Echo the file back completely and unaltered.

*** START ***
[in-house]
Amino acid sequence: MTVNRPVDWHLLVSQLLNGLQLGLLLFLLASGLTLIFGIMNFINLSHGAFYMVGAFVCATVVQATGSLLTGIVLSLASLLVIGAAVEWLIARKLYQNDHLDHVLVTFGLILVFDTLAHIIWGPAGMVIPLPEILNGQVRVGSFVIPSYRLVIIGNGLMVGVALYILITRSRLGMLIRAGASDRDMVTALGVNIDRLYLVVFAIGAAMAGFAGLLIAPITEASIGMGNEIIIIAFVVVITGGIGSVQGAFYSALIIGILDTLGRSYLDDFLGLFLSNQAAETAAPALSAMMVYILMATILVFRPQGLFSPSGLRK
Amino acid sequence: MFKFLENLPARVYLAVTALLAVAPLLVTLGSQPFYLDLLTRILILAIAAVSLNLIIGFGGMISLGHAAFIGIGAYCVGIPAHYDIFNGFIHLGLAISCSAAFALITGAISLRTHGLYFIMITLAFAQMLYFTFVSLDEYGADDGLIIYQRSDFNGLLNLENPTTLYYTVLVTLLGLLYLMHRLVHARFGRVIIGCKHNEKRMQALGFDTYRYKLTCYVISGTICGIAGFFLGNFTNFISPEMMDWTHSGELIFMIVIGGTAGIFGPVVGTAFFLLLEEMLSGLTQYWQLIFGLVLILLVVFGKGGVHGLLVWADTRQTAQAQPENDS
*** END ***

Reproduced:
[in-house]
Amino acid sequence: MTVNRPVDWHLLVSQLLNGLQLGLLLFLLASGLTLIFGIMNFINLSHGAFYMVGAFVCATVVQATGSLLTGIVLSLASLLVIGAAVEWLIARKLYQNDHLDHVLVTFGLILVFDTLAHIIWGPAGMVIPLPEILNGQVRVGSFVIPSYRLVIIGNGLMVGVALYILITRSRLGMLIRAGASDRDMVTALGVNIDRLYLVVFAIGAAMAGFAGLLIAPITEASIGMGNEIIIIAFVVVITGGIGSVQGAFYSALIIGILDTLGRSYLDDFLGLFLSNQAAETAAPALSAMMVYILMATILVFRPQGLFSPSGLRK
Amino acid sequence: MFKFLENLPARVYLAVTALLAVAPLLVTLGSQPFYLDLLTRILILAIAAVSLNLIIGFGGMISLGHAAFIGIGAYCVGIPAHYDIFNGFIHLGLAISCSAAFALITGAISLRTHGLYFIMITLAFAQMLYFTFVSLDEYGADDGLIIYQRSDFNGLLNLENPTTLYYTVLVTLLGLLYLMHRLVHARFGRVIIGCKHNEKRMQALGFDTYRYKLTCYVISGTICGIAGFFLGNFTNFISPEMMDWTHSGELIFMIVIGGTAGIFGPVVGTAFFLLLEEMLSGLTQYWQLIFGLVLILLVVFGKGGVHGLLVWADTRQTAQAQPENDS